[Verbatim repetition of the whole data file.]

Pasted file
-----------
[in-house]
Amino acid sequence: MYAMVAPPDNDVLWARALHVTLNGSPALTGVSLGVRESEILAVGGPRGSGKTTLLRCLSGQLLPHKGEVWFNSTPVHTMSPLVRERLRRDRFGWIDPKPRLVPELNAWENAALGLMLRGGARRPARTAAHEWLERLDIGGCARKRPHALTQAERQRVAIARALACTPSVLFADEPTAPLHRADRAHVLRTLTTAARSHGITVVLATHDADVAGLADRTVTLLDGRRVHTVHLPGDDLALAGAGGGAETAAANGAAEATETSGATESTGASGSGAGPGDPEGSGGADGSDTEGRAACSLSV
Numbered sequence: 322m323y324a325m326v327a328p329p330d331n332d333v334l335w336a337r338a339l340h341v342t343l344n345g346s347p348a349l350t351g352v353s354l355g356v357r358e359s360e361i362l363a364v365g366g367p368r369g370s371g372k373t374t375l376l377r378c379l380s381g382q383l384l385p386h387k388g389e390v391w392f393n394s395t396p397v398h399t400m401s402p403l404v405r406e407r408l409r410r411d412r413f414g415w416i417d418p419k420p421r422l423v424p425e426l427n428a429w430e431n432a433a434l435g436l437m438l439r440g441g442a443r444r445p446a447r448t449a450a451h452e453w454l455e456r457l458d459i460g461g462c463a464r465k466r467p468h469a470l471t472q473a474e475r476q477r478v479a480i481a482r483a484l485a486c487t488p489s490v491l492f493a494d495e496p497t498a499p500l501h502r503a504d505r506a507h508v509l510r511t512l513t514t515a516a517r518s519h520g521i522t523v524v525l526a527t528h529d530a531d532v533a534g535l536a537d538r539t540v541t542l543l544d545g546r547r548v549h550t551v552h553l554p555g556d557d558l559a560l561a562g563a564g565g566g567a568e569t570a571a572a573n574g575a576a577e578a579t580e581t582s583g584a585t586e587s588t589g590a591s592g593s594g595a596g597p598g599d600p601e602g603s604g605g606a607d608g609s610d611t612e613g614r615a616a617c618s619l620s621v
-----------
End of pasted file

[in-house]
Amino acid sequence: MYAMVAPPDNDVLWARALHVTLNGSPALTGVSLGVRESEILAVGGPRGSGKTTLLRCLSGQLLPHKGEVWFNSTPVHTMSPLVRERLRRDRFGWIDPKPRLVPELNAWENAALGLMLRGGARRPARTAAHEWLERLDIGGCARKRPHALTQAERQRVAIARALACTPSVLFADEPTAPLHRADRAHVLRTLTTAARSHGITVVLATHDADVAGLADRTVTLLDGRRVHTVHLPGDDLALAGAGGGAETAAANGAAEATETSGATESTGASGSGAGPGDPEGSGGADGSDTEGRAACSLSV
Numbered sequence: 322m323y324a325m326v327a328p329p330d331n332d333v334l335w336a337r338a339l340h341v342t343l344n345g346s347p348a349l350t351g352v353s354l355g356v357r358e359s360e361i362l363a364v365g366g367p368r369g370s371g372k373t374t375l376l377r378c379l380s381g382q383l384l385p386h387k388g389e390v391w392f393n394s395t396p397v398h399t400m401s402p403l404v405r406e407r408l409r410r411d412r413f414g415w416i417d418p419k420p421r422l423v424p425e426l427n428a429w430e431n432a433a434l435g436l437m438l439r440g441g442a443r444r445p446a447r448t449a450a451h452e453w454l455e456r457l458d459i460g461g462c463a464r465k466r467p468h469a470l471t472q473a474e475r476q477r478v479a480i481a482r483a484l485a486c487t488p489s490v491l492f493a494d495e496p497t498a499p500l501h502r503a504d505r506a507h508v509l510r511t512l513t514t515a516a517r518s519h520g521i522t523v524v525l526a527t528h529d530a531d532v533a534g535l536a537d538r539t540v541t542l543l544d545g546r547r548v549h550t551v552h553l554p555g556d557d558l559a560l561a562g563a564g565g566g567a568e569t570a571a572a573n574g575a576a577e578a579t580e581t582s583g584a585t586e587s588t589g590a591s592g593s594g595a596g597p598g599d600p601e602g603s604g605g606a607d608g609s610d611t612e613g614r615a616a617c618s619l620s621v